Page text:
Beschloss noted that Clinton’s 1996 speech, which “was 66 minutes, [was] one of the most boring speeches I have ever heard.” It was “this laundry list of proposals like cleaning up toxic waste dumps, it wasn’t very interesting.” But the purpose of the speech was to get the voters who would watch the speech for a couple of minutes to tune in, and hear a few proposals that would prompt them to vote for Clinton, and “the speech worked in that sense.” On the other hand Smith pointed out that Bush the elder failed to do the job in 1992. He had given his speech at a negative kind of convention, where “the economy was in the doldrums” and because of his foreign policy strengths he appeared disengaged on domestic policy. Smith commented that “he got up there and he had a speech that frankly was a bit of a mishmash, not very thematically coherent.”

Beschloss said that in Nixon’s speech in 1972 “the language was not memorable, but what he was conveying was with the I’m the guy who made the opening to China, who was doing diplomacy with Russia, on the verge of ending the Vietnam War. If you all want to throw that away, fine with me but I don’t think you should.” Smith brought up FDR’s speech in 1944. “FDR gave a war speech. He didn’t speak at the convention hall. It was announced he was speaking from an undisclosed location. A military installation on the West Coast.” In Beschloss’s opinion, “the one thing is that if a wartime president makes himself seem indispensable he can get Americans to vote for him even if they may not like his domestic policies.”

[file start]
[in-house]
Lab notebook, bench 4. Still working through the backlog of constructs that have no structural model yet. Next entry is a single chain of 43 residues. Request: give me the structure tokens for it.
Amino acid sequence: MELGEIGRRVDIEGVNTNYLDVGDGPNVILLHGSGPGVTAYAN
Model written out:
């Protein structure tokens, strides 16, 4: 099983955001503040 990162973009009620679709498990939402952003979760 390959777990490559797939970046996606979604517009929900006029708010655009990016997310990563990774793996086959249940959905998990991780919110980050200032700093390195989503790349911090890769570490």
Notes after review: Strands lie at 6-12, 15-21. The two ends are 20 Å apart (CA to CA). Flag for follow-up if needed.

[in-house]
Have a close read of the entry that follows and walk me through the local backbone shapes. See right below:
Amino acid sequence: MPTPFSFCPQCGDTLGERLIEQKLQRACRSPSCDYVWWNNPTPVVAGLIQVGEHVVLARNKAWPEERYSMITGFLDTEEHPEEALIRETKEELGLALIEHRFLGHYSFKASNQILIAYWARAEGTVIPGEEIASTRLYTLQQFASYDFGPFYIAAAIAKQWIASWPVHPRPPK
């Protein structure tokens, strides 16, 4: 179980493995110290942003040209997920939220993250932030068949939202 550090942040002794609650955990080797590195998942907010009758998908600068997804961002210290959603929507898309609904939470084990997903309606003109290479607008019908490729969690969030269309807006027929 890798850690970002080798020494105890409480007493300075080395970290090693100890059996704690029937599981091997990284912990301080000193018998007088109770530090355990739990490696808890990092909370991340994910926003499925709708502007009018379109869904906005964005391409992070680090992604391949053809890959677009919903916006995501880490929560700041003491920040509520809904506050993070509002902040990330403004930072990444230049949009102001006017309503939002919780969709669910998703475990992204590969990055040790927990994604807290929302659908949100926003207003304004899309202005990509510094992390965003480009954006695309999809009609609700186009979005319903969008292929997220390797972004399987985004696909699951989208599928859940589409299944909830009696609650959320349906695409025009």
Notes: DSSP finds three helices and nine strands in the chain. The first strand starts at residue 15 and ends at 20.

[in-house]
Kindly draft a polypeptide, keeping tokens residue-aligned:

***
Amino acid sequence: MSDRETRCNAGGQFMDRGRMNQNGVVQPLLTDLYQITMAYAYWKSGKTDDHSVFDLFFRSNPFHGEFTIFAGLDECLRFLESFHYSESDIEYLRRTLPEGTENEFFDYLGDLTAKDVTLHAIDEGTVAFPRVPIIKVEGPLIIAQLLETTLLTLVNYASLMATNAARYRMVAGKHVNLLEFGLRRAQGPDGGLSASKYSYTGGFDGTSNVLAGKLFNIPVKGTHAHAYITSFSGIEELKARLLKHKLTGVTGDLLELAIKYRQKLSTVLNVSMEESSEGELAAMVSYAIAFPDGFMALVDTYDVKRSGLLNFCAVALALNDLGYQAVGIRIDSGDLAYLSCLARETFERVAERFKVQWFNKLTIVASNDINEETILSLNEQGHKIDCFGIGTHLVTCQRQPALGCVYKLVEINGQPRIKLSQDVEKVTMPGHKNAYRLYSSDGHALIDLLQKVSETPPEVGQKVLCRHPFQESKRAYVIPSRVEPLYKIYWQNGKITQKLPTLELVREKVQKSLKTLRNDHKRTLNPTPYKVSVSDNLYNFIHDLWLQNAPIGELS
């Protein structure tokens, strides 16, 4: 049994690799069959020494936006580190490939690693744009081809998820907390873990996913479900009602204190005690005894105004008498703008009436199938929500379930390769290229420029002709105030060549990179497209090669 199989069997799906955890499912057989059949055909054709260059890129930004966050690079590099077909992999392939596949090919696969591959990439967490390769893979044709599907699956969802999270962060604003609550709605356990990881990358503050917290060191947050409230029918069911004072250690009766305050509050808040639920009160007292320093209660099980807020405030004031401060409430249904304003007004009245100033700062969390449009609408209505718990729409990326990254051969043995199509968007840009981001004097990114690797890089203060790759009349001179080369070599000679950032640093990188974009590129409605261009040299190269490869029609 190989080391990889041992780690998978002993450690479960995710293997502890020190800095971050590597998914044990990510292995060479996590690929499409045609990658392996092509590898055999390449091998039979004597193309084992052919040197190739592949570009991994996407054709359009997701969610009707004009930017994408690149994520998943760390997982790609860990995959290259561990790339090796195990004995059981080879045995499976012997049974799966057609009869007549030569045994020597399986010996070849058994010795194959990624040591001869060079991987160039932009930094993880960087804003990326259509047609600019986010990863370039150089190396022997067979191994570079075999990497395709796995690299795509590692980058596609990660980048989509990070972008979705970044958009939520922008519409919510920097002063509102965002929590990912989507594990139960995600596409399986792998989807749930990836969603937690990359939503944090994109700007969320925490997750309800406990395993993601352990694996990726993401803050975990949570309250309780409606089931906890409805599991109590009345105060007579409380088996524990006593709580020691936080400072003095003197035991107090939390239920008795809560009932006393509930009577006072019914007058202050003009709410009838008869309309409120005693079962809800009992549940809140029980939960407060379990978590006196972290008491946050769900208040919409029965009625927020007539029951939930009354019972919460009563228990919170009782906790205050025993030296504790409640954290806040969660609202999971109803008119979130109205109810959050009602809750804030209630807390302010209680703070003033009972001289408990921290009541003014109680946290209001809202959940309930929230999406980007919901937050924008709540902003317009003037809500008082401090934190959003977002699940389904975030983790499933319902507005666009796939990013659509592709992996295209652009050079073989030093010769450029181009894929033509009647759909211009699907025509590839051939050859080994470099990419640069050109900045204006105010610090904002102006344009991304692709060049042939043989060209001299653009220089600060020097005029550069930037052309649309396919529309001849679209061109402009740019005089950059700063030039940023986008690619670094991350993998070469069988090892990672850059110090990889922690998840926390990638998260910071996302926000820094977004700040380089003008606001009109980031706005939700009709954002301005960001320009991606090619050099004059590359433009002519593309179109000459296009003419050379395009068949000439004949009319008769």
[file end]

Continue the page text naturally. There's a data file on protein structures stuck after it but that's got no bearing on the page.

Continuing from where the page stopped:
Wrap-up

In his reaction to President Bush’s acceptance speech, Smith said it was “sort of a state of the union address, plus an inaugural address, it had a lot of policy but it was also very personal.” Bush’s speech focused on policy primarily, and was a “Reaganesque speech in the optimism, in looking to the future.” Smith “thought it was a very powerful speech. We won’t know for two months whether it worked or not, but it certainly worked tonight.”

Beschloss said it helped establish Bush’s position on issues: “there’s no chance that he’s going to be accused of having failed to present an agenda for the second term, a very long list of domestic proposals.” As for foreign policy, what Bush’s speech communicated was that “We’re staying on the offensive, striking terrorists abroad so we do not have to face them here at home.” The tone reminded Beschloss of offensive military policy harking back to the Cold War era Republican campaigns from 1972 to 1988, when the Republicans would stress that their party was tougher on communism and more trustworthy on defense than the Democrats. “We are in a war, a fight for our lives; I, George W. Bush, I’m the one who can keep you safe, John Kerry can’t for all sorts of reasons. And if people believe that they are likely to forgive a lot of things they don’t like about George Bush, even domestically. If people see it that way he’s going to win the election.”

Smith said that “much of that week you had a feeling that there was an attempt to blur” the differences with the Democrats by trotting out moderates. But Bush’s speech was “actually very ambitious, an attempt to recast the Republican Party and conservatism generally, almost along Thatcherite lines. You know, I think of Margaret Thatcher when you hear about the ‘ownership society.’ That’s more than a slogan, potentially. That’s a fairly radical redefinition of conservatism.”